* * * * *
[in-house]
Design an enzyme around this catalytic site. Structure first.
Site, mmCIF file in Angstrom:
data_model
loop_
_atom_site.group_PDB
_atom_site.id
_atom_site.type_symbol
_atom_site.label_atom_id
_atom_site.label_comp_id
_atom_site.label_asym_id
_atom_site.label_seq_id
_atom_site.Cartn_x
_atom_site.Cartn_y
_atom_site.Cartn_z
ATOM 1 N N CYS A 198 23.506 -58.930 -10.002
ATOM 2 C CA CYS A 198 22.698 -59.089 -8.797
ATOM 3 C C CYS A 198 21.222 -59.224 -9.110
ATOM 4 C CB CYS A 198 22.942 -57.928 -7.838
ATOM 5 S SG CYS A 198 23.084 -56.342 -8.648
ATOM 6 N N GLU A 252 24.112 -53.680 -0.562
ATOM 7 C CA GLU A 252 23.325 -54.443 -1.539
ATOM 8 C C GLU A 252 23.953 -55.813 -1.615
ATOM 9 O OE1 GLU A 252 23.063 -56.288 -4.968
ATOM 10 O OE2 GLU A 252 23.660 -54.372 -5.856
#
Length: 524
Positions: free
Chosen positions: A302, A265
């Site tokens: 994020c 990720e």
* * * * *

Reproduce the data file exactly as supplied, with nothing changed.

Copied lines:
[in-house]
Design an enzyme around this catalytic site. Structure first.
Site, mmCIF file in Angstrom:
data_model
loop_
_atom_site.group_PDB
_atom_site.id
_atom_site.type_symbol
_atom_site.label_atom_id
_atom_site.label_comp_id
_atom_site.label_asym_id
_atom_site.label_seq_id
_atom_site.Cartn_x
_atom_site.Cartn_y
_atom_site.Cartn_z
ATOM 1 N N CYS A 198 23.506 -58.930 -10.002
ATOM 2 C CA CYS A 198 22.698 -59.089 -8.797
ATOM 3 C C CYS A 198 21.222 -59.224 -9.110
ATOM 4 C CB CYS A 198 22.942 -57.928 -7.838
ATOM 5 S SG CYS A 198 23.084 -56.342 -8.648
ATOM 6 N N GLU A 252 24.112 -53.680 -0.562
ATOM 7 C CA GLU A 252 23.325 -54.443 -1.539
ATOM 8 C C GLU A 252 23.953 -55.813 -1.615
ATOM 9 O OE1 GLU A 252 23.063 -56.288 -4.968
ATOM 10 O OE2 GLU A 252 23.660 -54.372 -5.856
#
Length: 524
Positions: free
Chosen positions: A302, A265
């Site tokens: 994020c 990720e």